ONE of the hardest things about being disabled is learning to accept help when you need it.
On being stubborn
about a disability
I've had multiple sclerosis for 10 years. It has sapped my legs of strength and coordination. My balance is shot. Walking even short distances is a grind sometimes.
I probably should get some wheels under me, but I'm a stubborn SOB. I don't give in to adversity and I hate drawing attention to my disability. I appreciate the concern of old friends, but their mournful looks when they see me hobbling with a cane are enough to make a guy worry that he's worse off than he thinks.
I still hold my own quite well in most areas of my life. MS is a disease known for its remissions and several new drugs show promise, so there's always the hope that it'll get better.
Still, a couple of recent incidents cast doubt on the virtue of my stubbornness.
In the first case, a co-worker said something that made me laugh. The force of the laugh knocked me off balance and I started to fall. My cane was on the wrong side and of no use. I reached for a pillar to brace myself but missed it and landed loudly on my rear end.
People heard the noise and rushed to the scene. Seeing me on the floor, they didn't know if I had suffered a heart attack, a seizure or what. I tried to calmly assure everybody that I was OK.
As I crawled around the floor in search of my dignity and something I could grab to pull myself back up, I angrily muttered to myself, "Well, genius, you didn't want to draw attention to your disability by using a wheelchair or scooter. How do you like drawing attention to your disability instead by falling flat on your butt in the middle of the newsroom?"
In the second case, I was invited to a reception for a departing employee. The home was high on a ridge above Waialae and I was afraid I wouldn't be able to climb the hills. I had just finished an aquatherapy session in a well-heated pool and my legs were rubber bands. But I had made a commitment to go and decided to give it a try.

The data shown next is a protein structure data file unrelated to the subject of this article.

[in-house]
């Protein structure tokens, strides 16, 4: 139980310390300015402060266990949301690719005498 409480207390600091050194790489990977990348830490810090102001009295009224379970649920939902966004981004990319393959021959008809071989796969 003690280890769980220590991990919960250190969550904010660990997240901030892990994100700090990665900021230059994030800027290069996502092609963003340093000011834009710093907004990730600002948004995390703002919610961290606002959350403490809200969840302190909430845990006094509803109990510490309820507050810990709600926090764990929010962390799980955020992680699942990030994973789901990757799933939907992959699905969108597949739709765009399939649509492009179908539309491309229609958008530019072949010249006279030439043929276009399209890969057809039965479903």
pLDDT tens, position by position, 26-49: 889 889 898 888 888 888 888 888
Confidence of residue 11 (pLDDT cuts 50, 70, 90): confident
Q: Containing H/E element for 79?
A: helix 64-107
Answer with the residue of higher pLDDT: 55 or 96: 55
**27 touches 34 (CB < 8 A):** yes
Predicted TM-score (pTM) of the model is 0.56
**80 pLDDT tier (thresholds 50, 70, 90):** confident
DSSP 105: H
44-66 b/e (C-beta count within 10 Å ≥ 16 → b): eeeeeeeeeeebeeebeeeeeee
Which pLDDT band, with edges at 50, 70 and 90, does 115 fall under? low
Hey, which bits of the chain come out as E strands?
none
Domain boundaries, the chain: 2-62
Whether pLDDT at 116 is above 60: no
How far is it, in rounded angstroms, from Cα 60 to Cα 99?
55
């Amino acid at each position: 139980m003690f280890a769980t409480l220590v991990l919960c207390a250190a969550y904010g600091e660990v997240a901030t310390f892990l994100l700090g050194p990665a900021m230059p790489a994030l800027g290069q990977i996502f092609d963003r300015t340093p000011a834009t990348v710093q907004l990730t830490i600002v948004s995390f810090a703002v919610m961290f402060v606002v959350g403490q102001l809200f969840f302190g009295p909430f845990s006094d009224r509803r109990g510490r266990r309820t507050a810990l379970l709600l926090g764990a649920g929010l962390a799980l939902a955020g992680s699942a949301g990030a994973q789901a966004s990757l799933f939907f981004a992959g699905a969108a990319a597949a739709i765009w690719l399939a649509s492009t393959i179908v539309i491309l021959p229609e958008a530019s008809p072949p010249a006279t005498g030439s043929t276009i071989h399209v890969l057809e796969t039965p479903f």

I survived the hike up a street sloped like a winter swell at Makaha. I made it up the long driveway. Just as I was about to congratulate myself, I ran into a steep stairway to the house. No way.
I pondered whether to slink back to my car and disappear or swallow my pride and ask for help. I had faced a similar choice once before. I was invited to a major event at Washington Place and looked forward to it. But the scene was mobbed and I couldn't find parking within my walking range. I'm sure somebody would have gladly helped if I had asked, but pride wouldn't allow it. I turned around and drove home feeling like a moron.
THIS time I made the smarter choice and accepted the host's help as he led me to a more level entrance around the back of the house. I accepted his offer of a shoulder for support along the way. I accepted the help of people who brought me food and drink so I wouldn't have to stumble around a crowded room. I accepted questions about my health without taking offense.
I was rewarded with a good time and a breathtaking view of the sunset over Diamond Head.
I'll give the remission process, aquatherapy and wonder drugs a little more time before I put myself on wheels. But I'm done with the stubborn pride. To all who have helped me up when I was down, thank you. If I can ever do the same for you, I'll be there.